Have you ever wondered how your dog or cat sees? At Opto-Réseau, even though our patients are human, we sometimes get questions on pet vision. So we’ve put together some information on the subject:
Although a dog’s visual acuity (ability to distinguish details at a distance) is six times less than its owner’s, its field of vision is much wider because its eyes are positioned more to the side of the head than in humans. Like us, dogs have three-dimensional vision and can see colours (except red and orange). And because of the particular anatomy of their retinas, their nocturnal vision is much keener than ours. So dogs detect movement better than us, but are not as good at distinguishing details.
Cats don’t see as well as people either—especially up close! They see best at distances between 10 and 80 cm. What’s more, they are essentially colour blind because all colours except blue and yellow look grey to them! Because of their highly reflective retina, however, cats do see better than us at night. They also detect slight movements very easily, even in the dark, which makes them excellent hunters.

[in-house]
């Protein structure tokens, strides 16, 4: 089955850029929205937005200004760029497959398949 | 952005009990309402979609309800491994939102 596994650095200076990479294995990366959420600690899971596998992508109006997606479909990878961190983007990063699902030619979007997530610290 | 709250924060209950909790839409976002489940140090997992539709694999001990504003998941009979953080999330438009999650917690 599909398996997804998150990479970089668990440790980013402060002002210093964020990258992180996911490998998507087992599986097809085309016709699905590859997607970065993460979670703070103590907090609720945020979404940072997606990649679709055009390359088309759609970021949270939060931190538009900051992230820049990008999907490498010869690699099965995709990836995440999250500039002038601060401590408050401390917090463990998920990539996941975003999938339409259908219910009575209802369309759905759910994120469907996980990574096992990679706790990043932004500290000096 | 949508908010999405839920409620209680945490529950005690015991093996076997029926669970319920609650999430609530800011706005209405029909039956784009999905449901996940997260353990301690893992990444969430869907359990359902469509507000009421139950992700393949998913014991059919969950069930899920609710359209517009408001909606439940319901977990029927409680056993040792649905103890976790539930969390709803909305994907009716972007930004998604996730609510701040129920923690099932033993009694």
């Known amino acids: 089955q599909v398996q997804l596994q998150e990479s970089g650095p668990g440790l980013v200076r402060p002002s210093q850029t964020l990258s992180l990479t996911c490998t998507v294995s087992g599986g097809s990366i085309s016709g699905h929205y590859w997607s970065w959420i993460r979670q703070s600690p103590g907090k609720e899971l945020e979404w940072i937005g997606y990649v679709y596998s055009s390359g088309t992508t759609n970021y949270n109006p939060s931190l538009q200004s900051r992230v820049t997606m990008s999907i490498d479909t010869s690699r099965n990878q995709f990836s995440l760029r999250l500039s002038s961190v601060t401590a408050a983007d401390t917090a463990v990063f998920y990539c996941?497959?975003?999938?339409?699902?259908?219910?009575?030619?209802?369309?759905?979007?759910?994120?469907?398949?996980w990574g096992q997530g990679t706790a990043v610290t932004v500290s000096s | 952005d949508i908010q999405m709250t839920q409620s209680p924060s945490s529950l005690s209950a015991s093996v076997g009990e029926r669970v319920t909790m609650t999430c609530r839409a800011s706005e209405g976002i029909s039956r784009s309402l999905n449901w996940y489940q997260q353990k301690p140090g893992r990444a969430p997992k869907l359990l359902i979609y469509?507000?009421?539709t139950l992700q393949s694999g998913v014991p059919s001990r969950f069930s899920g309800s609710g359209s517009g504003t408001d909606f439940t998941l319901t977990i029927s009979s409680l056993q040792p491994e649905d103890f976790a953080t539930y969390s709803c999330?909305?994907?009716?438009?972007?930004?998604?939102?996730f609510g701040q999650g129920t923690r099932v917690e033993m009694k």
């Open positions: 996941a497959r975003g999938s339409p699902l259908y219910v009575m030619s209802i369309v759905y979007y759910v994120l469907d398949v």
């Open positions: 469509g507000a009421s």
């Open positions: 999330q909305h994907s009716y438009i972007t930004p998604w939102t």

Cats and dogs can develop cataracts, glaucoma, conjunctivitis, and corneal lesions, which a vet will treat in much the same way as in humans.
Birds have extremely good vision: some falcons can see an insect at distances of 2 millimetres to 18 metres! Birds can also see many more colours than humans. Although their field of vision is very wide, their eyes don’t move, so they have to turn their heads from side to side to see around them. Some birds can even turn their head more than 180°! The only downside? Their three dimensional vision is not as good as ours.
As for other animals, we could generalize by saying that browsing animals have less visual acuity, but a nearly panoramic field of vision. Some animals see better at night than during the day. Insects can see ultraviolet rays, while rabbits have a 360° field of vision and can even see above themselves without moving their eyes! So it’s not easy to surprise a rabbit!